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The Tour Report
  • TOUR REPORT

    Featured hole: No. 5 at Ridgewood Country Club

  • Players call the fifth hole at Ridgewood fun to play, but it can also prove challenging . (Courtesy of Ridgewood CC)Players call the fifth hole at Ridgewood fun to play, but it can also prove challenging . (Courtesy of Ridgewood CC)

It’s been called the “five-and-dime” since the days of the Great Depression. And even in today’s sophisticated age, Ridgewood Country Club’s fifth hole still can pick a guy’s pocket every now and again.

The 291-yard dogleg constructed by A.W. Tillinghast stands as one of the first classic drivable par 4s, long before such holes became fashionable. Soft conditions allowed it to yield nine eagles when The Barclays last visited in 2010, though driver isn’t always the best option.

The alternative, in fact, could be as low as a 6-iron off the tee.

“I think it’s awesome,” Phil Mickelson remarked. “It’s such a narrow green that you’ve got to drive the ball extremely straight, and the green is challenging. If you’re hitting a wedge, it’s not easy to get it close. I think those holes are some of the most fun holes we play.”

The hole, usually listed as No. 6 on the “Center” nine of Ridgewood’s 27-hole complex, does get a place among Golf Digest’s top 500 holes. It gets its nickname from none other than Byron Nelson, who as an assistant pro would hit 5-iron off the tee and pitching wedge (10-iron) onto the elevated putting surface.

That’s still the calculated play, though even the PGA TOUR’s “long enough” hitters might find the lure of the green too tempting. Only one par 4 this season is shorter: No. 16 at Sheshan International (WGC-HSBC Champions) measures 288 yards.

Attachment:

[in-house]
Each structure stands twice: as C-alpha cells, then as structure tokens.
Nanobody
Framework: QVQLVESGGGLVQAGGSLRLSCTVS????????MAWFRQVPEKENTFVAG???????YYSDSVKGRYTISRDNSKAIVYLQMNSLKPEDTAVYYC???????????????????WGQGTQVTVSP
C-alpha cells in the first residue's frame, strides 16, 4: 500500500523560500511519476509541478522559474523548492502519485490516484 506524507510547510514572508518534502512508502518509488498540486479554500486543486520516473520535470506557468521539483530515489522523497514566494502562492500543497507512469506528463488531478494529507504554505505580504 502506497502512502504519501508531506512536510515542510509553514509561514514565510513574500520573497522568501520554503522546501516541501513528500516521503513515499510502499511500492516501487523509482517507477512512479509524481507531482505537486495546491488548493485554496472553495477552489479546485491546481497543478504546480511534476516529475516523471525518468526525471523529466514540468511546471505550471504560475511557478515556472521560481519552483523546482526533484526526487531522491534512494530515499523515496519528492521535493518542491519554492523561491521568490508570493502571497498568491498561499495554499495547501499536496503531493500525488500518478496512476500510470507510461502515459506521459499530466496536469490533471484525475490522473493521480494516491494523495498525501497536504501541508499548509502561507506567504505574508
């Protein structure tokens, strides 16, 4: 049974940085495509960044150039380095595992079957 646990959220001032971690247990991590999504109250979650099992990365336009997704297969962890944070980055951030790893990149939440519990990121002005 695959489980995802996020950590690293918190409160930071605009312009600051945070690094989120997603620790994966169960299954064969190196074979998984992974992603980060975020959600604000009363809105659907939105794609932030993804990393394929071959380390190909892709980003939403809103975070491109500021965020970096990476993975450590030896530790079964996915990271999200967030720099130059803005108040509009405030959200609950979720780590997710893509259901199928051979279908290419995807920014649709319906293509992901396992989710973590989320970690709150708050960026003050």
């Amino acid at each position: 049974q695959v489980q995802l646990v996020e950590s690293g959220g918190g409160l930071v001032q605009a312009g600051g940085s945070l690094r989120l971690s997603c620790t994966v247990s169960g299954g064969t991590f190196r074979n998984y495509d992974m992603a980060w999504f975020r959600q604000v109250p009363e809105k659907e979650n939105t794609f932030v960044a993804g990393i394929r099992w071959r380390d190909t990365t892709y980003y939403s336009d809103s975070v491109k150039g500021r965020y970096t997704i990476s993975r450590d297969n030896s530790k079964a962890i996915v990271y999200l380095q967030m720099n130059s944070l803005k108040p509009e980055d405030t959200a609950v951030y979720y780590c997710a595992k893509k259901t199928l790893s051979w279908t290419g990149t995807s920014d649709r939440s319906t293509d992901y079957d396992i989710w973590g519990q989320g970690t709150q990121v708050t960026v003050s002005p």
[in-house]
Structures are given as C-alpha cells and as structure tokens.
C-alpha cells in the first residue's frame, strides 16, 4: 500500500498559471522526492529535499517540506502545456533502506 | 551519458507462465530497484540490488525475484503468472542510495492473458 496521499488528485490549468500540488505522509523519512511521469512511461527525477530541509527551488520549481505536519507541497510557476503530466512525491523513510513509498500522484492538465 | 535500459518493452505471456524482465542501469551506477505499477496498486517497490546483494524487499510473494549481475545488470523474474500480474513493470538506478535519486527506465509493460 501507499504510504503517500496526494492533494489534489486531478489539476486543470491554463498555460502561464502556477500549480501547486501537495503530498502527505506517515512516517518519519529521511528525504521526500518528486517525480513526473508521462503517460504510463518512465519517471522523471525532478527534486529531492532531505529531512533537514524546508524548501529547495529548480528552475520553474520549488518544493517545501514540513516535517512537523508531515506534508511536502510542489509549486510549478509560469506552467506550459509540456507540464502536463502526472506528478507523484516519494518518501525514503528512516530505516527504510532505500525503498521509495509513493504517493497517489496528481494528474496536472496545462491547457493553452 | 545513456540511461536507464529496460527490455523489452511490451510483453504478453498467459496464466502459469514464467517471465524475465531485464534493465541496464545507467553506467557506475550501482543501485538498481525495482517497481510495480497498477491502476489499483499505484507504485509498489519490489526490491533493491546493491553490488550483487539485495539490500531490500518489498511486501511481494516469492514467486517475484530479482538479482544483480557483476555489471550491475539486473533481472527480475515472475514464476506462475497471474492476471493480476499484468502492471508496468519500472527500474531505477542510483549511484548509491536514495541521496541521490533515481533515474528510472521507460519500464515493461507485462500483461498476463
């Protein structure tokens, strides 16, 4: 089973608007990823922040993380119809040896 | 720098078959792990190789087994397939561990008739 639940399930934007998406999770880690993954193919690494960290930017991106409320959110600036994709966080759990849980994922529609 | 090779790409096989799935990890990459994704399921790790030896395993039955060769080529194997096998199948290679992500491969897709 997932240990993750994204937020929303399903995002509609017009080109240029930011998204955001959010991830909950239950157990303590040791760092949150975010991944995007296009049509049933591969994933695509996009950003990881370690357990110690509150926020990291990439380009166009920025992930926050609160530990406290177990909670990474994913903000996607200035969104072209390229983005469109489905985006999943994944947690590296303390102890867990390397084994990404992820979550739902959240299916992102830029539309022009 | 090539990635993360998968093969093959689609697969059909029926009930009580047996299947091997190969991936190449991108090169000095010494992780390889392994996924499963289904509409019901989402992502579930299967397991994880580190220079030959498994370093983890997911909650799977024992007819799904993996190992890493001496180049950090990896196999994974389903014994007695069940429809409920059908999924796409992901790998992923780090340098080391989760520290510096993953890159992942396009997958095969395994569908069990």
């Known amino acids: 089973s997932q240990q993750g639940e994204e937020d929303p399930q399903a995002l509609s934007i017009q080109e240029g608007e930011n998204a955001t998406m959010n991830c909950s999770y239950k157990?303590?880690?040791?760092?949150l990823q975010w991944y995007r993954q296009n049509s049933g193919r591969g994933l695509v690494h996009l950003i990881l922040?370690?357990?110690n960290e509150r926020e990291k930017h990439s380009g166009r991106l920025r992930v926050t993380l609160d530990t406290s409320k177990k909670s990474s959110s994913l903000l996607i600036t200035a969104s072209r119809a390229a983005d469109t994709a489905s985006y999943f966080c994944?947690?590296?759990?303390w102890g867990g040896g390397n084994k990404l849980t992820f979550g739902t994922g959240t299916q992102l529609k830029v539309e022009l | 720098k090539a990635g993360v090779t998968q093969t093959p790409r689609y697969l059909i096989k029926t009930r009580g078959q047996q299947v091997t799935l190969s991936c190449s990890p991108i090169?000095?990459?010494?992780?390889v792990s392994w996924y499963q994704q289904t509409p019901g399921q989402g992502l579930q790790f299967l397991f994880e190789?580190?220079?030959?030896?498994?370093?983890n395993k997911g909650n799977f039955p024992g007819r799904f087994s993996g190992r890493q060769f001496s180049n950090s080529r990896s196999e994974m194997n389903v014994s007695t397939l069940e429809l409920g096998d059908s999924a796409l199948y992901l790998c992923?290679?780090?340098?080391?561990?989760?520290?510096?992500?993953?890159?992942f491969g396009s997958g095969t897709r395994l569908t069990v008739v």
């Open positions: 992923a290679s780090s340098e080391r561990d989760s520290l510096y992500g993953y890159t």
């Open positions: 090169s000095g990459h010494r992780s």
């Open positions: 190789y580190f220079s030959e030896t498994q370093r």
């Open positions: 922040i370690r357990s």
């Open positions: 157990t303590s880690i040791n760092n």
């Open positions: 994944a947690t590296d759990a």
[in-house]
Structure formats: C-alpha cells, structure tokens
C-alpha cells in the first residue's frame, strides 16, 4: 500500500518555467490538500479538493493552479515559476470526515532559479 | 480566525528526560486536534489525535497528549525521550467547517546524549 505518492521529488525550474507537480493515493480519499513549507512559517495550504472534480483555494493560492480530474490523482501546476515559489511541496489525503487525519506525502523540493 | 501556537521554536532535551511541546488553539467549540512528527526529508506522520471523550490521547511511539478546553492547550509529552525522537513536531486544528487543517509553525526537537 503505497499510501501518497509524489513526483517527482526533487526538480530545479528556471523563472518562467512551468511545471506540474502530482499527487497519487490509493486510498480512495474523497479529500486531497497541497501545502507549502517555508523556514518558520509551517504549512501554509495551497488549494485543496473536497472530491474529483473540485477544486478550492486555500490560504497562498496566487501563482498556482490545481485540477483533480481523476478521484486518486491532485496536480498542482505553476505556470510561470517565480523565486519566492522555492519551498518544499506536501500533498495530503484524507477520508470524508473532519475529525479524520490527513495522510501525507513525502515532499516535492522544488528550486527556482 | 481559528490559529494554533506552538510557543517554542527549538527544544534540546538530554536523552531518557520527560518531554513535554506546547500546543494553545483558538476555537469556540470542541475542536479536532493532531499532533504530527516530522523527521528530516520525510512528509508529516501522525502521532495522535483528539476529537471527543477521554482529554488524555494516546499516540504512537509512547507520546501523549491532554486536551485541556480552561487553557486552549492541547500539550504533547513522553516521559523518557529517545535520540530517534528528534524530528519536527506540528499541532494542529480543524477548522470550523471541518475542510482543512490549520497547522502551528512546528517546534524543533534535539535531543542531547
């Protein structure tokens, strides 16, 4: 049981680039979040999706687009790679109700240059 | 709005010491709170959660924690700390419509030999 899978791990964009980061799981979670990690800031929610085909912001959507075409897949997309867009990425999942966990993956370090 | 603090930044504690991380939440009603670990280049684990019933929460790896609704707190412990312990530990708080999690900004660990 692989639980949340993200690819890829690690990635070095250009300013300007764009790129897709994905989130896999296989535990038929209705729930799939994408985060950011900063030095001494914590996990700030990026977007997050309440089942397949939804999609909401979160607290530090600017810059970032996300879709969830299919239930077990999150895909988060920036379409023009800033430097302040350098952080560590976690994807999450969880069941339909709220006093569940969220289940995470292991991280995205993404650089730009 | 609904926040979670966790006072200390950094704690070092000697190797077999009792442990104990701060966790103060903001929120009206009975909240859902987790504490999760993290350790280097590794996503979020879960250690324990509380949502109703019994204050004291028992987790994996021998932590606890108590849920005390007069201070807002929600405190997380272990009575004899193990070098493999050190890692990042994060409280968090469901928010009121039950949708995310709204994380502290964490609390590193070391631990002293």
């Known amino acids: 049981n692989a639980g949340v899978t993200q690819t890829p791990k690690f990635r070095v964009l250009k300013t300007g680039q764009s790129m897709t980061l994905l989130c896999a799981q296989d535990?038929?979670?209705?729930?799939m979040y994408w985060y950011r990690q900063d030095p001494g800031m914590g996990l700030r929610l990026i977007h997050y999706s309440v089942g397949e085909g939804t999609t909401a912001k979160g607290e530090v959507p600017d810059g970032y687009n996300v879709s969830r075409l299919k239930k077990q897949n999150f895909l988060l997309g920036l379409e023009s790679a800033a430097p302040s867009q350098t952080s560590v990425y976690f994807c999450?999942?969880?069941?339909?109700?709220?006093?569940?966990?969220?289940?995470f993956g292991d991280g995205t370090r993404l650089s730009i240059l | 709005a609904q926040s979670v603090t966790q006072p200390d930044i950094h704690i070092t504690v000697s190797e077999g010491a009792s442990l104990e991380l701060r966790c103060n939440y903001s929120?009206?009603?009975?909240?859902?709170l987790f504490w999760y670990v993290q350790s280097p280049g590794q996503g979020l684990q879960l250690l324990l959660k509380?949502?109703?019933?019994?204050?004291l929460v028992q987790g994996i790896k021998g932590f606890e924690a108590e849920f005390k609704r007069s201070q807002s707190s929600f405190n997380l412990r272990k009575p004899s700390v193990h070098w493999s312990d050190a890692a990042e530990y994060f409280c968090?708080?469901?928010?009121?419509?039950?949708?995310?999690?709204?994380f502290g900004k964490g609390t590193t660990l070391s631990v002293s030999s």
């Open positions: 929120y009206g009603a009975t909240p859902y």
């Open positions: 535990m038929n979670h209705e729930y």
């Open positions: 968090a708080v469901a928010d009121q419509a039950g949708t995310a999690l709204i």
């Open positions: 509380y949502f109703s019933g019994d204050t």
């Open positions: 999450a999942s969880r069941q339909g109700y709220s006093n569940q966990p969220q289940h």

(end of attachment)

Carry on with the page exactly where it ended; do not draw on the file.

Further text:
“You’re going to get some guys that are going to go for it,” Steve Stricker said. “But you’d better be pretty precise because the green is very narrow.”

The putting surface, measuring less than 2,200 square feet, is considered one of the smallest in championship golf. It’s also set diagonally from the tee, sloping from high left to low right.

Six steep bunkers surround the green, though those on the right are relatively safe. The challenge comes with a miss on the left, requiring a delicate downhill recovery.

Finally, a line of trees prevents golfers from taking a straight shot at the green’s upper levels. The ideal play is a high left-to-right fade that somehow lands softly.

“If you miss it off the sides,” Stricker said, “you’re going to be in trouble.”

With a cool summer creating fast-and-firm conditions at Ridgewood this week, it figures to be tougher to hold the green with a driver than four years ago when No. 5 gave up 132 birdies in addition to those nine eagles. Just 30 plays made bogey or worse.

A more practical barometer would be Ridgewood’s 2008 numbers, when No. 5 yielded 110 birdies and two eagles, ranking as third-easiest of the week.

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